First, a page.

Like any tool, this one has it’s strengths and limitations – It works best and most literally on compartmentalized color images like the one up top. Chip it gives you a five-color palette of what the tool’s digital eye deems the image area’s dominant colors, and their corresponding paint skus so that you can go to your local Sherwin Williams and purchase the paint.
But what I find compelling was not what it does, but rather what becomes evident because of what it can’t do – this is a fabulous lay person’s tool to divine your perfect accent color!
One of the most useful design “rules” is that the minor color in any color scheme makes the most effective accent color – let’s see this in action.
A picture is worth a thousand words. Here’s a great palette from my Pinterest photography page – for those of you unfamiliar with this resource, these are all full resolution images that I have unloaded as a FREE gift – you can reprint these high resolution images at all most any size, to extend your design $$$ with some free art and the price of your frame and matte! If you’re not a Pinterest member, contact me via comments (below) with your email and I’ll send you an invite to join Pinterst – end of shameless plug, and on to meaningful demonstration via the image below:
Here’s an image from my photography page – this “cottagey” image created a really nice palette – but left out the minor shades.
This is fun….let’s build some room palettes based on organic color palettes…you really do’t need an app or a desk top sample t o recognize what is happening. The minor shades that pop behave like color pointers and are easy to see when you look at the image, then right at what the tool saw as the big picture – God becomes evident in the details…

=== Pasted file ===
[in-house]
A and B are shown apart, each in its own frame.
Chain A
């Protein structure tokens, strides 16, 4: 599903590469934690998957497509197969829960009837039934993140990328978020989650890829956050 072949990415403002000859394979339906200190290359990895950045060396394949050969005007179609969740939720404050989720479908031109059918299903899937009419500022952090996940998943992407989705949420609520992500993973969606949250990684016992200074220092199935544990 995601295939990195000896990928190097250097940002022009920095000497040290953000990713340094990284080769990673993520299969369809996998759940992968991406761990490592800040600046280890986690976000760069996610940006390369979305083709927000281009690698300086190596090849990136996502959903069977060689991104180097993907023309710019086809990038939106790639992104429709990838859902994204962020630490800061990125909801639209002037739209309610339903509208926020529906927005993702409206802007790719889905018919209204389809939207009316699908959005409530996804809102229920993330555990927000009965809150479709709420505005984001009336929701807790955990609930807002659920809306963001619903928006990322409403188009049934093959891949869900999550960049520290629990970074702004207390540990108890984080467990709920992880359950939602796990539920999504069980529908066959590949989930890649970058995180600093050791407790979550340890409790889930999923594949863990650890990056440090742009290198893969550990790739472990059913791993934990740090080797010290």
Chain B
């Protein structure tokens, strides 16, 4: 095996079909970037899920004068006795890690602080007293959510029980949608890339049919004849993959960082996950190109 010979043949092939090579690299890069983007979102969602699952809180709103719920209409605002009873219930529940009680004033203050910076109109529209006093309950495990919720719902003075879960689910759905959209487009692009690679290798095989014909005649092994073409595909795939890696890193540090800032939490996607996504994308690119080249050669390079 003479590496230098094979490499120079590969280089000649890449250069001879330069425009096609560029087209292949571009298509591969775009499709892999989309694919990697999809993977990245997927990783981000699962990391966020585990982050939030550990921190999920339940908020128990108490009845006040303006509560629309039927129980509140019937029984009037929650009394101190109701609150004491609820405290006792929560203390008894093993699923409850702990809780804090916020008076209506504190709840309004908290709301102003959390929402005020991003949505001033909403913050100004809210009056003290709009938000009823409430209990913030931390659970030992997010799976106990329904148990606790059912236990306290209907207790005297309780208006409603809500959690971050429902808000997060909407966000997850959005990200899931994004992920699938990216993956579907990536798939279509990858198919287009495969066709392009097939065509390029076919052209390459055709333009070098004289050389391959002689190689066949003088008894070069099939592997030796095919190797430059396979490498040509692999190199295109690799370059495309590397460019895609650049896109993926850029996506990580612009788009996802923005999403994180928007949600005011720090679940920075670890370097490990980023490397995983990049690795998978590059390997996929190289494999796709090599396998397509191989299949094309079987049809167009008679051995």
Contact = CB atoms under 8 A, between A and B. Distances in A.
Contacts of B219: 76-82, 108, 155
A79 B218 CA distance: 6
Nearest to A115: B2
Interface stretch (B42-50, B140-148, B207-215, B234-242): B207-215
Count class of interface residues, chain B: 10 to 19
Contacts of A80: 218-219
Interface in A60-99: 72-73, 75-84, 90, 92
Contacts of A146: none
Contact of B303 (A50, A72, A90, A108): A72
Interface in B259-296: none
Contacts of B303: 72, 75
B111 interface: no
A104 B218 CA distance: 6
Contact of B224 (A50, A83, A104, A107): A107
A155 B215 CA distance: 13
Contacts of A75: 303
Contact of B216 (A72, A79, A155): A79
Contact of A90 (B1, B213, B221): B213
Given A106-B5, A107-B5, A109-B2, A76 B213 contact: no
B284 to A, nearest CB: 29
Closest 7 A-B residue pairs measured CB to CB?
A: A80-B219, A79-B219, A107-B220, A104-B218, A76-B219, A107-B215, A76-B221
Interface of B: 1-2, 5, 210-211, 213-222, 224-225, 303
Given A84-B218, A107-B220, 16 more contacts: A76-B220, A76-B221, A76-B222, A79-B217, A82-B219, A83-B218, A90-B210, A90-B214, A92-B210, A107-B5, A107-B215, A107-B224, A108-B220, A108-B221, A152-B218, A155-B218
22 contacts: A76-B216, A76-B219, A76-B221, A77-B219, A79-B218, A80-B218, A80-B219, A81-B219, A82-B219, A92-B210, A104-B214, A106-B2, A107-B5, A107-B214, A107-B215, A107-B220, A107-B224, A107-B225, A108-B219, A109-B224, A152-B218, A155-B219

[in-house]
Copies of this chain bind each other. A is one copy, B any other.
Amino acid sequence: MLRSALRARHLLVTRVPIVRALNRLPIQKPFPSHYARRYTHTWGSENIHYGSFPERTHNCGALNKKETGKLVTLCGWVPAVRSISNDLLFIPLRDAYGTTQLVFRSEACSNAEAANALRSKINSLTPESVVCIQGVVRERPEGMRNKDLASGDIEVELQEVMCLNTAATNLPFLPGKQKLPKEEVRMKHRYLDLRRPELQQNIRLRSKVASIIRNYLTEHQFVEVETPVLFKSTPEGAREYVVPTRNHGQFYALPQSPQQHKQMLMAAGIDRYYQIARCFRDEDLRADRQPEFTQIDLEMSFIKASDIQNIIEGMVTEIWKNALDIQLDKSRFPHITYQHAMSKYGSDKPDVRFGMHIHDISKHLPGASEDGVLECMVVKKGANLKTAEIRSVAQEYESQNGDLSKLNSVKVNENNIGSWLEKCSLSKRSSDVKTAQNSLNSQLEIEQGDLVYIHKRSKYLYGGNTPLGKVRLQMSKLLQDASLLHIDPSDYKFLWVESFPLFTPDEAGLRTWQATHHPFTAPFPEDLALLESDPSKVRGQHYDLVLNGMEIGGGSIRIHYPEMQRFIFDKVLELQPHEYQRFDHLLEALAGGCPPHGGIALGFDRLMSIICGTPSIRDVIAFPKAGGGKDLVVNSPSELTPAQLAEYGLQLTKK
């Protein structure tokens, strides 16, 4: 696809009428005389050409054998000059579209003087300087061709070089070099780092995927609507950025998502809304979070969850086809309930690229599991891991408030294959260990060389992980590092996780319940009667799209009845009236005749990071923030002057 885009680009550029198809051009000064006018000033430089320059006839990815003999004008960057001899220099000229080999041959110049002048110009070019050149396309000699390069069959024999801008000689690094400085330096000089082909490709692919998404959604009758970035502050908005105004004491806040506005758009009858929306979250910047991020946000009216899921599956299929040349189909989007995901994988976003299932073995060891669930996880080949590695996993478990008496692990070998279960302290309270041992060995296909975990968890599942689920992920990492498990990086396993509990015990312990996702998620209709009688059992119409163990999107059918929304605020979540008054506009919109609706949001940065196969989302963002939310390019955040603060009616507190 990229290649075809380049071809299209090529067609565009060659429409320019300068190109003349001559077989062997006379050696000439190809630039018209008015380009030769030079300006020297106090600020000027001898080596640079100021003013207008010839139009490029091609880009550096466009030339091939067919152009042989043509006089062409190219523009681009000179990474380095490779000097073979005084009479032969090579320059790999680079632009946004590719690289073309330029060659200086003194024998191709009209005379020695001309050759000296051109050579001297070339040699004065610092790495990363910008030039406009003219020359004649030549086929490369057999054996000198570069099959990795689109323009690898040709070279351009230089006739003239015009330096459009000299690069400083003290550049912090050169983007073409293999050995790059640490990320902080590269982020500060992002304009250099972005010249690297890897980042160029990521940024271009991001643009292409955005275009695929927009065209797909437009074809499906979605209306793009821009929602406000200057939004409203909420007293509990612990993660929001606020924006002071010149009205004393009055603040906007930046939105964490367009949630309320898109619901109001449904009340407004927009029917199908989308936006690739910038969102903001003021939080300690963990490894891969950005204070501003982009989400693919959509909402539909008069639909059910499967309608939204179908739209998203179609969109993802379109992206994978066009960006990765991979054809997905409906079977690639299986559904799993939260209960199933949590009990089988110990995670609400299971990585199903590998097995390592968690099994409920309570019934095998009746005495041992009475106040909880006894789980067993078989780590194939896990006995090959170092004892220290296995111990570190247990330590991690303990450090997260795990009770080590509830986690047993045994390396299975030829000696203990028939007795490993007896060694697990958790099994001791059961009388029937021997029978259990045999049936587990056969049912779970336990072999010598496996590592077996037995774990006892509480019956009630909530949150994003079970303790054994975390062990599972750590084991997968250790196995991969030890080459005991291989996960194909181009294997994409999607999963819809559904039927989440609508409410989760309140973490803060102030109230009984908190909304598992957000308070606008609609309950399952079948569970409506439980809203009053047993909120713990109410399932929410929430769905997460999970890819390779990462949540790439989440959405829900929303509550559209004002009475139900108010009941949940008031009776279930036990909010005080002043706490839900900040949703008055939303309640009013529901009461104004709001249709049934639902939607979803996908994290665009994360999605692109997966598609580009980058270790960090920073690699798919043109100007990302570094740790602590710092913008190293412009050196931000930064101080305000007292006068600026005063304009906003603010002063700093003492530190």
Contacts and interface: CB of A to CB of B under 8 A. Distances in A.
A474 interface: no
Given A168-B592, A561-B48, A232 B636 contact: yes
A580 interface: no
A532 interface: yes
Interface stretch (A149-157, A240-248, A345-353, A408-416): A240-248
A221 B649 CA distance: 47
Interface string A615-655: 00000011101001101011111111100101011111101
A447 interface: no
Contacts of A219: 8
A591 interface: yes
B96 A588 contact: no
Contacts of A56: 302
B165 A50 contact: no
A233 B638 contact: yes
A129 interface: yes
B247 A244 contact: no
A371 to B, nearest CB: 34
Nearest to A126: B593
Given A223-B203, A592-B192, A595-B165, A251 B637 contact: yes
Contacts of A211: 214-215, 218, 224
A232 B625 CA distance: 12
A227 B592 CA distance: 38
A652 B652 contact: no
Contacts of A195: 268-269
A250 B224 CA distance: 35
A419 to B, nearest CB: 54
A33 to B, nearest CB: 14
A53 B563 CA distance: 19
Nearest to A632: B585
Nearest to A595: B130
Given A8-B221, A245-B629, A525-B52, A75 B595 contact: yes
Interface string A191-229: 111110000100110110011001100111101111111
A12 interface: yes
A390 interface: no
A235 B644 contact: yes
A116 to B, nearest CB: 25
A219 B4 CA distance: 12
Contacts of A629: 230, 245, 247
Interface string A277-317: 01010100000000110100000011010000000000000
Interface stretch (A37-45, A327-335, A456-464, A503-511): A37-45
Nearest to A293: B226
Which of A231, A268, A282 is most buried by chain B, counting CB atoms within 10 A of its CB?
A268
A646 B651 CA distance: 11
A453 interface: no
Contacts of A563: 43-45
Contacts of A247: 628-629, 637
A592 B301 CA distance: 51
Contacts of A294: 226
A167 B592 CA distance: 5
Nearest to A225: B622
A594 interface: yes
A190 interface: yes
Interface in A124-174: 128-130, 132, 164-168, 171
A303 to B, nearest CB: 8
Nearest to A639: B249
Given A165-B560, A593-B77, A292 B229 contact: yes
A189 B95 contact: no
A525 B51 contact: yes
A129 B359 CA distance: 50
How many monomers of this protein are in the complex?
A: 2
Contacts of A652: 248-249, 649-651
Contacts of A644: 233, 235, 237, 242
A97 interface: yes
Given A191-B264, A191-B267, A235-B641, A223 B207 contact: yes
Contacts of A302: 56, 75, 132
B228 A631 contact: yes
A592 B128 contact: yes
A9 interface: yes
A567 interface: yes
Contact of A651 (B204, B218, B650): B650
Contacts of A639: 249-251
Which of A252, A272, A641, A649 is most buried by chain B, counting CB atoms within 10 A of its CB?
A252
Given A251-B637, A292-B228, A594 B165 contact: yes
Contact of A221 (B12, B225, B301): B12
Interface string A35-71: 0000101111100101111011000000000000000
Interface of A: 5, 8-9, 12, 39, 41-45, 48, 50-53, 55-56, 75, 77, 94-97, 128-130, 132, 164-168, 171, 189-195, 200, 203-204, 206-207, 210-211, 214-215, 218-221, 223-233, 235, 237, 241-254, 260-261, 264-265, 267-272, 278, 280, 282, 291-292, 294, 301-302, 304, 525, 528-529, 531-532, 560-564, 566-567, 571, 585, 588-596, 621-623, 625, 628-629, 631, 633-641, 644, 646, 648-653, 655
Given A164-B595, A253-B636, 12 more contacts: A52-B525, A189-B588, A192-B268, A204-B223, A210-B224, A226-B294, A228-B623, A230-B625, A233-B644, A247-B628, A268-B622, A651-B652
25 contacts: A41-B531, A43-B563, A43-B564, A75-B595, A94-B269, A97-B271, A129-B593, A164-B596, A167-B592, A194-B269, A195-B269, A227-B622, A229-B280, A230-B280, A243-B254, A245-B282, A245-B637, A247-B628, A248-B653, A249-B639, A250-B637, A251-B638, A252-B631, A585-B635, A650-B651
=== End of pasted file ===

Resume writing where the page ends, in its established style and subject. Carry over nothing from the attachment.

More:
How about a more modern palette based on a brighter modern art image?
or maybe some of those ocean color trends we discussed that have held on tightly to their popularity throughout 2012:
You might not think of this palette as a seaside color group, but I have showed in articles past how pixalating images draws some unexpected conclusions – this amazing view would be a stunning room!
I searched around to see who else is checking this tool out and what they are doing with it – here’s an excerpt from Design Milk, and their take on this fun application:
Fr Miranda Skoczek
The following post is brought to you by Sherwin-Williams. Our partners are hand-picked by the Design Milk team because they represent the best in design.
For this week’s CMYLK, we’ve experimented with Sherwin-Williams’ new Chip It! color tool, which creates instant color palettes from any image on the web. We chose four paintings by Australian artist Miranda Skoczek, who works in a mixture of oil, acrylic, and enamel. Skoczek, who works out of Melbourne, combines graphic shapes and silhouettes in fields of color, including pyramids and the what looks to be the Queen, to explore the boundaries between abstraction and representation, design and the painterly. As you can see, from both her work and the palettes, the pieces also combine neutrals with saturated brights.
Like what we’ve made? You can do it, too! Create custom color palettes of up to 10 colors from any image on the web by using the Chip It! tool at letschipit.com. Simply enter an image URL or download the nifty Chip It! bookmarklet and hover over any image on the Internet. You can log in using Facebook to collect your favorite palettes, too.
We love the idea of building a room’s color theme (from paint to accessories) around one of your favorite pictures. Imagine finding the perfect paint color simply from the image of a patterned pillow you found online, or picture surrounding yourself with the breeze and blue skies of Hawaii by creating a palette from your vacation photographs. It’s so fun, we just can’t stop!
_ _ _ _ _
Now, I have a paint program that color samples. I can identify an accent shade without it in the paint store, like rolling out of bed, but I acknowledge that I am the complete minority in this regard – if you are not a color savant, (thank God I am a savant at something) Benjamin Moore makes a color app that works with some popular smart phone brands:
This tool can grab a specific color.
You can also take a print out of your image to Sherwin Williams or any paint store and get some expert advise on getting the closest approximation of one of the minor shades. If they seem uncertain, pack up your palette and find a paint store with someone who feels like a resource when you ask for help.
And don’t forget to have fun!!!!